Flyers with the article "The Fight to Stop Arctic Drilling, the Stakes for the Planet" were passed out broadly. Revolutionaries mixed it up and got into many questions with people, including why the U.S. was doing this and what would be required to save the planet.

People came to the protest out of many concerns about the environment and the people.

A middle-aged woman from Kitsap Peninsula told Revolution/, "I've been against the oil in the Arctic since before Prudhoe Bay went in. People don't realize how much it will destroy the native groups up there. If you destroy the whale migration routes, if you destroy the porcupine caribou herds' migration routes, these people depend on that for their livelihoods—you destroy them. It's also about climate change and oil spills—which Shell knows darn well they can't clean that up.... So it just has to not happen. I can't even believe that knowing there's a 75 percent chance of an oil spill, they're still going to do it. They don't care. It's human rights, too—those people, they've been there for thousands of years. It'll destroy their whole way of life, everything they live for. It's not right."

Special Issue of Revolution on the Environmental Emergency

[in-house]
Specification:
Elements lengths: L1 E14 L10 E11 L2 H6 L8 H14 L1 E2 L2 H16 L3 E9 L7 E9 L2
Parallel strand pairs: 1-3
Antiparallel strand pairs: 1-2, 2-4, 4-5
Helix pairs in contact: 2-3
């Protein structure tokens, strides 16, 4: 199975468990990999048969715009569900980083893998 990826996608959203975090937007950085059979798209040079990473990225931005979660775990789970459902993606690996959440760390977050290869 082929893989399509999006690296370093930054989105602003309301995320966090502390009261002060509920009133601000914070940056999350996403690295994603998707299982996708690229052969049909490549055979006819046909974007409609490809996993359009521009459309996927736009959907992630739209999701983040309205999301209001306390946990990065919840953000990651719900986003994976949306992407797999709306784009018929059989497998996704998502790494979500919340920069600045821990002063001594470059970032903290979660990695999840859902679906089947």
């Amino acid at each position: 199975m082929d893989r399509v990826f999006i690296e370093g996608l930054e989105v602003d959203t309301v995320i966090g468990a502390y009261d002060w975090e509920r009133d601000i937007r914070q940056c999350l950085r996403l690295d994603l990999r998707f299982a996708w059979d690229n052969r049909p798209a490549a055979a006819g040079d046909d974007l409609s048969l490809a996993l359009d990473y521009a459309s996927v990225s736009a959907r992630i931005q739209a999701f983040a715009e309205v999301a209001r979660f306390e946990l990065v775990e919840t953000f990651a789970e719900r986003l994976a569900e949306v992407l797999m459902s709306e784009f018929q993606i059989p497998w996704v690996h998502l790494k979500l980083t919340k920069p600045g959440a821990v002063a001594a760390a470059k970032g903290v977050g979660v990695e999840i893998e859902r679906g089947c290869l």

This Revolution special issue focuses on the environmental emergency that now faces humanity and Earth’s ecosystems. In this issue we show:

  • the dimensions of the emergency...
  • the source of its causes in the capitalist system, and the impossibility of that system solving this crisis...
  • a way out and way forward for humanity—a revolutionary society in which we could actually live as custodians of nature, rather than as its plunderers.

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Some people we talked to saw what is needed to stop climate change and environmental destruction as being a larger movement, possibly combined with putting pressure on the politicians, particularly influencing state and local politicians, who some still had some hope would "do the right thing." Many saw the problem as greed or profit, or some form of capitalism. Many people said they did not know what it would really take to stop this or how to draw larger numbers of people into this struggle. People mostly did not understand why Obama would make the decision to open the Arctic. There was real openness to getting into these questions, including how this drive to drill was rooted in capitalism and how this points to the need for an actual revolution.

The Seattle flotilla and protests received national and international news coverage. Organizers said the actions changed the conversation in society about Arctic drilling and brought it to worldwide attention.

More plans are being made by sHell NO to oppose the drilling rigs, including protests this weekend in Bellingham, Washington, where a Shell support ship is docked. will be following and reporting on further developments. These actions are very important to spread and support, given the tremendous ecological stakes involved in preventing any drilling for fossil fuels in the Arctic.